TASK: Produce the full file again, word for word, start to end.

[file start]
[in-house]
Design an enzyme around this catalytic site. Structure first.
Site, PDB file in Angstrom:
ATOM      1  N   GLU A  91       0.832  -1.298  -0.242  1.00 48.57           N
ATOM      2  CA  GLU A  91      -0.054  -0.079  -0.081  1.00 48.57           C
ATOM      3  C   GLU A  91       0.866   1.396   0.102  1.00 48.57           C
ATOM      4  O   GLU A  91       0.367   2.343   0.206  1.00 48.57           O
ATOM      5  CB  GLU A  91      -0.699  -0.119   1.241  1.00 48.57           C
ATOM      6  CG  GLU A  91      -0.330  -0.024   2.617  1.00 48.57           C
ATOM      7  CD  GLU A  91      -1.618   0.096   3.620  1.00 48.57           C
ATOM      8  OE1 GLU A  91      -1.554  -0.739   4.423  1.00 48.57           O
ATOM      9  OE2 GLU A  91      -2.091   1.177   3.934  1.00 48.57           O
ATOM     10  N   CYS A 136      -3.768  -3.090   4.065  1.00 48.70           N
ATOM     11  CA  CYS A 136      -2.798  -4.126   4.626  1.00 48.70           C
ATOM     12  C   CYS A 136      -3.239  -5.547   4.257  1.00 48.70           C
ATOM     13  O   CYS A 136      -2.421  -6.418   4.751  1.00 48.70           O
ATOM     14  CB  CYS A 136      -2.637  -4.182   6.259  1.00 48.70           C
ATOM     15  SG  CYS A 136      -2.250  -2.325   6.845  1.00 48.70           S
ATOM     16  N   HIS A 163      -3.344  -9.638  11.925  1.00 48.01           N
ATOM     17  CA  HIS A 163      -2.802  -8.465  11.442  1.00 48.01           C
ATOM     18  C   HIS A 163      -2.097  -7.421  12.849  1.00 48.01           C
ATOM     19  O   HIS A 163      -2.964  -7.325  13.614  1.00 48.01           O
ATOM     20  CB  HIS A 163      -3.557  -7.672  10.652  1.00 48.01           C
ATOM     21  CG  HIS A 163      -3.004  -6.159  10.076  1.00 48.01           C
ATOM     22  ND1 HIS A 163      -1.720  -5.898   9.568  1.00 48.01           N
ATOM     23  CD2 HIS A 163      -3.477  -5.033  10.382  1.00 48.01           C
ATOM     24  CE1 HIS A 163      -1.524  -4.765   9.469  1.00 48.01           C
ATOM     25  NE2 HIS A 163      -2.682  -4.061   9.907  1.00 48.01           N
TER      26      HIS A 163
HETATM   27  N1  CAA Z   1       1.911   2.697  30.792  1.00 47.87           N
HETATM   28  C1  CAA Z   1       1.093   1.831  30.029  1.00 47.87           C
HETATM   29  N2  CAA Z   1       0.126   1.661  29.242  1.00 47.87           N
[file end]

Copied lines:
[in-house]
Design an enzyme around this catalytic site. Structure first.
Site, PDB file in Angstrom:
ATOM      1  N   GLU A  91       0.832  -1.298  -0.242  1.00 48.57           N
ATOM      2  CA  GLU A  91      -0.054  -0.079  -0.081  1.00 48.57           C
ATOM      3  C   GLU A  91       0.866   1.396   0.102  1.00 48.57           C
ATOM      4  O   GLU A  91       0.367   2.343   0.206  1.00 48.57           O
ATOM      5  CB  GLU A  91      -0.699  -0.119   1.241  1.00 48.57           C
ATOM      6  CG  GLU A  91      -0.330  -0.024   2.617  1.00 48.57           C
ATOM      7  CD  GLU A  91      -1.618   0.096   3.620  1.00 48.57           C
ATOM      8  OE1 GLU A  91      -1.554  -0.739   4.423  1.00 48.57           O
ATOM      9  OE2 GLU A  91      -2.091   1.177   3.934  1.00 48.57           O
ATOM     10  N   CYS A 136      -3.768  -3.090   4.065  1.00 48.70           N
ATOM     11  CA  CYS A 136      -2.798  -4.126   4.626  1.00 48.70           C
ATOM     12  C   CYS A 136      -3.239  -5.547   4.257  1.00 48.70           C
ATOM     13  O   CYS A 136      -2.421  -6.418   4.751  1.00 48.70           O
ATOM     14  CB  CYS A 136      -2.637  -4.182   6.259  1.00 48.70           C
ATOM     15  SG  CYS A 136      -2.250  -2.325   6.845  1.00 48.70           S
ATOM     16  N   HIS A 163      -3.344  -9.638  11.925  1.00 48.01           N
ATOM     17  CA  HIS A 163      -2.802  -8.465  11.442  1.00 48.01           C
ATOM     18  C   HIS A 163      -2.097  -7.421  12.849  1.00 48.01           C
ATOM     19  O   HIS A 163      -2.964  -7.325  13.614  1.00 48.01           O
ATOM     20  CB  HIS A 163      -3.557  -7.672  10.652  1.00 48.01           C
ATOM     21  CG  HIS A 163      -3.004  -6.159  10.076  1.00 48.01           C
ATOM     22  ND1 HIS A 163      -1.720  -5.898   9.568  1.00 48.01           N
ATOM     23  CD2 HIS A 163      -3.477  -5.033  10.382  1.00 48.01           C
ATOM     24  CE1 HIS A 163      -1.524  -4.765   9.469  1.00 48.01           C
ATOM     25  NE2 HIS A 163      -2.682  -4.061   9.907  1.00 48.01           N
TER      26      HIS A 163
HETATM   27  N1  CAA Z   1       1.911   2.697  30.792  1.00 47.87           N
HETATM   28  C1  CAA Z   1       1.093   1.831  30.029  1.00 47.87           C
HETATM   29  N2  CAA Z   1       0.126   1.661  29.242  1.00 47.87           N